chord; consonance; harmony.

Concord at English => English (WordNet) Of Explained:

Concord
n 1: capital of the state of New Hampshire; located in south
central New Hampshire on the Merrimack river [syn: {capital
of New Hampshire}]
2: a harmonious state of things in general and of their
properties (as of colors and sounds); congruity of parts
with one another and with the whole [syn: {harmony}, {concordance}]
3: the determination of grammatical inflection on the basis of
word relations [syn: {agreement}]
4: town in eastern Massachusetts near Boston where the first
battle of the American Revolution was fought
5: agreement of opinions [syn: {harmony}, {concordance}]
6: the first battle of the American Revolution (April 19, 1775)
[syn: {Lexington}, {Lexington and Concord}]
v 1: go together; "The colors don't harmonize"; "Their ideas
concorded" [syn: {harmonize}, {harmonise}, {consort}, {accord},
{fit in}, {agree}]
2: arrange by concord or agreement; "Concord the conditions for
the marriage of the Prince of Wales with a commoner"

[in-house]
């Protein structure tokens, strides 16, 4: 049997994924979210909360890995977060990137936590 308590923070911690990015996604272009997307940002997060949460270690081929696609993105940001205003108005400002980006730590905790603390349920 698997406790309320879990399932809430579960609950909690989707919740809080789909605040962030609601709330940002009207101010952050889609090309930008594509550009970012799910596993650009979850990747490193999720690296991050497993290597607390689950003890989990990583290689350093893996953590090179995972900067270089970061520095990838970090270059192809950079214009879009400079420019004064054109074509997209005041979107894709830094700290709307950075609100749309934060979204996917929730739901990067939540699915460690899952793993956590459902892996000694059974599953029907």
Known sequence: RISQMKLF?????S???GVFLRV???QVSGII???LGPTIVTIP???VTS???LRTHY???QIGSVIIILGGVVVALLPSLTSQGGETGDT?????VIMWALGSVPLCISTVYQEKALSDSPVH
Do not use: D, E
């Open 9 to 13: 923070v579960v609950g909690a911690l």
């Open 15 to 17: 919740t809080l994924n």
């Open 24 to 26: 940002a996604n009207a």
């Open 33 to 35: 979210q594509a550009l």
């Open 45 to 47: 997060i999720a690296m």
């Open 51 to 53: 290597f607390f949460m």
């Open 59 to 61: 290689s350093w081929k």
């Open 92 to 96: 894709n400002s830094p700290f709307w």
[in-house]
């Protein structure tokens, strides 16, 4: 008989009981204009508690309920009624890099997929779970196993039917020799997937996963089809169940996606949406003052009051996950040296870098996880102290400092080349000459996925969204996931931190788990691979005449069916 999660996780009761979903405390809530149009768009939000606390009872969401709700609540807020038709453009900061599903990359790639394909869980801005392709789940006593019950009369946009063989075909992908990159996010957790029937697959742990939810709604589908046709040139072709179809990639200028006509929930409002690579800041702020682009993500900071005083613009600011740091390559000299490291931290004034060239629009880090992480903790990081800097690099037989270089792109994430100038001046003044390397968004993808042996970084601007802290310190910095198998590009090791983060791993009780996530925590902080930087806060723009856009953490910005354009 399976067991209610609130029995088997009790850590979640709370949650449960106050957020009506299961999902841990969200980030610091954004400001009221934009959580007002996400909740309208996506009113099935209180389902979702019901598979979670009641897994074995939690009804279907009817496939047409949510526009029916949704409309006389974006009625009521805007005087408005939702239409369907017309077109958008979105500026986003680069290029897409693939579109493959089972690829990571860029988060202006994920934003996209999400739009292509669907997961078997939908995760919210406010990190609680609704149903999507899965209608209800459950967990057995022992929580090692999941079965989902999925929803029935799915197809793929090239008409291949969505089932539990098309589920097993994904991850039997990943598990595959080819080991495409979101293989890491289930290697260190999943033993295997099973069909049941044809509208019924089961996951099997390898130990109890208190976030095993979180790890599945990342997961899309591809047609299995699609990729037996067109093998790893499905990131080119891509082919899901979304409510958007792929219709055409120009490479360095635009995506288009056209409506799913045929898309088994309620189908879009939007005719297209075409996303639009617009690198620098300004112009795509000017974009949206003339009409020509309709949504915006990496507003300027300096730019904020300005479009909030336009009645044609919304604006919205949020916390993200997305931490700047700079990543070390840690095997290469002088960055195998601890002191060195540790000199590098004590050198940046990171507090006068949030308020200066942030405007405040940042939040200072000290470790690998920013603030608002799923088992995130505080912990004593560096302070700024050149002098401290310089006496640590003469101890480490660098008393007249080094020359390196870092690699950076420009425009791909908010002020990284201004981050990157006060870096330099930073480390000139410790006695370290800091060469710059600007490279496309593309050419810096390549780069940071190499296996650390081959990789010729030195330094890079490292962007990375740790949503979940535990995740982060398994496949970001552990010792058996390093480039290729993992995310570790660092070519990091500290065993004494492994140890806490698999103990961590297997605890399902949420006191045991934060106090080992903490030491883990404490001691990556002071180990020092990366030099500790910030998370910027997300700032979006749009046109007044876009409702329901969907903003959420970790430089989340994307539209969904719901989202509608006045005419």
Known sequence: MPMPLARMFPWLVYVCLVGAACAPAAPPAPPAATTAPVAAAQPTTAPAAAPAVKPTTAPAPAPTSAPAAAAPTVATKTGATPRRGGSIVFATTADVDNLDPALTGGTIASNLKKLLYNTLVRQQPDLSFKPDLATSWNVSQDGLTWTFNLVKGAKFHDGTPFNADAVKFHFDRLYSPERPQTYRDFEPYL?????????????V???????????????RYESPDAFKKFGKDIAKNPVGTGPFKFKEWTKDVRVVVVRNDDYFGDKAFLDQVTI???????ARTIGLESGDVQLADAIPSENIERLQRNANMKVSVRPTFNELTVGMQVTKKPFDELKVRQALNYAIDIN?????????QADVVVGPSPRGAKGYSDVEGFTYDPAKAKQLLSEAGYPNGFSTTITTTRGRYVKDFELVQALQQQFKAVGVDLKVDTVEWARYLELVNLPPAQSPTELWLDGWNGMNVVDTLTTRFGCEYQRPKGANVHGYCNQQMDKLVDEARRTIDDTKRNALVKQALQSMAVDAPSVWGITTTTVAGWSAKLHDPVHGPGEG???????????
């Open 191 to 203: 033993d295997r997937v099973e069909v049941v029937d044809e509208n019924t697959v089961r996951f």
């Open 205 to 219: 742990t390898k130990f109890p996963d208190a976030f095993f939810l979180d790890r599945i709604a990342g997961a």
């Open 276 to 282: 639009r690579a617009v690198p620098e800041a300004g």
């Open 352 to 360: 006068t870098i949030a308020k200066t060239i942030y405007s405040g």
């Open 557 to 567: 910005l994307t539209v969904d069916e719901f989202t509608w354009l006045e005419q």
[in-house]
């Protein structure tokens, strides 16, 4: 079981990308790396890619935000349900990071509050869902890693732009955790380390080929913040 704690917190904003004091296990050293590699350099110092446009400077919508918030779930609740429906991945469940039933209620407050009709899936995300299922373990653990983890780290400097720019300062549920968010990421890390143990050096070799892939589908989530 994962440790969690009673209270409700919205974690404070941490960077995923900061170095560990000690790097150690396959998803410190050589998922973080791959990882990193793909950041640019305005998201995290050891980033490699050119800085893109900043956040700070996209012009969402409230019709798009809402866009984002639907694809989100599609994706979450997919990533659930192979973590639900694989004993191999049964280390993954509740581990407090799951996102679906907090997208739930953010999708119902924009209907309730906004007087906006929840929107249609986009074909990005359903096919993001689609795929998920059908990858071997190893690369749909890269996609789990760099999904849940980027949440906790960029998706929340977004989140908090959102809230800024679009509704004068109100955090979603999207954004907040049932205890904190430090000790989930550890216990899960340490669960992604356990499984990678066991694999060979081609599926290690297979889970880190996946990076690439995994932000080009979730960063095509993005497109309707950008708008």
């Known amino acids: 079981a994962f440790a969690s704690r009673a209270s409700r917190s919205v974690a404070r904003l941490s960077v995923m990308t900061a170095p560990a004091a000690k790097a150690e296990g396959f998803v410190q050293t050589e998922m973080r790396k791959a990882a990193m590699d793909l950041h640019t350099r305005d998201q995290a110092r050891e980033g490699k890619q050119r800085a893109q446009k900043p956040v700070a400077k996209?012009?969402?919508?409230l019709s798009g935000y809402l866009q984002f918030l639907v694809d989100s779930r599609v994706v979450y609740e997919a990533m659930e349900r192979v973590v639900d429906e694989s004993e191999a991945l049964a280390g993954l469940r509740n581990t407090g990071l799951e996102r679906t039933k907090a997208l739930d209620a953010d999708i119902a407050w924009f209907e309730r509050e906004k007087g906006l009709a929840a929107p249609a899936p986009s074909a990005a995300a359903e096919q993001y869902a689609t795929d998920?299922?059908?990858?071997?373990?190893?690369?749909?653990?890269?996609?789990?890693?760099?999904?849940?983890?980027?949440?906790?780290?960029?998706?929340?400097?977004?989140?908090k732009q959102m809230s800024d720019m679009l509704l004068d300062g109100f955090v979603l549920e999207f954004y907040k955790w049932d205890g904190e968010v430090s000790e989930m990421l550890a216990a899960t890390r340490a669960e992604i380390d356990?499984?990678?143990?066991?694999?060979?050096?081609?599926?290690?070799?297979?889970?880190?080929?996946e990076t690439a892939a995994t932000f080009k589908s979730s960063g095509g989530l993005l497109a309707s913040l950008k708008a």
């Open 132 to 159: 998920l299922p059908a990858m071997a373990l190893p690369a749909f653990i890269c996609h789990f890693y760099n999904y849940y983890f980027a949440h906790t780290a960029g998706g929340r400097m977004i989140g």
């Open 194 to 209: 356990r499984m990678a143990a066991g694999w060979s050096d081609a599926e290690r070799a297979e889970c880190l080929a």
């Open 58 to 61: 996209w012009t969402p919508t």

3: arrange the words of a text so as to create a concordance;
"The team concorded several thousand nouns, verbs, and
adjectives"
4: be in accord; be in agreement; "We agreed on the terms of
the settlement"; "I can't agree with you!"; "I hold with
those who say life is sacred"; "Both philosophers concord
on this point" [syn: {agree}, {hold}, {concur}] [ant: {disagree}]

concord at English (WD) Of Explained:

Inter: also » Concord

English

Etymology 1

From Inter: etyl » fr concorde, Latin concordia, from Inter: term » concors||of the same mind, agreeing; con- + cor, Inter: term » cordis||heart. See heart, and compare accord

Pronunciation

with stress on first syllable
  • Inter: audio » en-us-concord.ogg|Audio (US)

    Noun

    Inter: en-nou » n

  • A state of agreement; harmony; union.
    1. Love quarrels oft in pleasing concord end. - Category: w - :John Milton|John Milton
    2. Inter: obsolet » e Agreement by stipulation; compact; covenant; treaty or league
    3. The concord made between Henry and Roderick. - Category: w - :Sir John Davies|Sir John Davies
    4. Inter: gramma » r Agreement of words with one another, in gender, number, person, or case.
    5. (Old Law): An agreement between the parties to a fine of land in reference to the manner in which it should pass, being an acknowledgment that the land in question belonged to the complainant. See fine. - Burril?
    6. Inter: context » probably influenced by chord|music An agreeable combination of tones simultaneously heard; a consonant chord; consonance; harmony.
      Translations
      Inter: trans-top » A state of agreement; harmony; union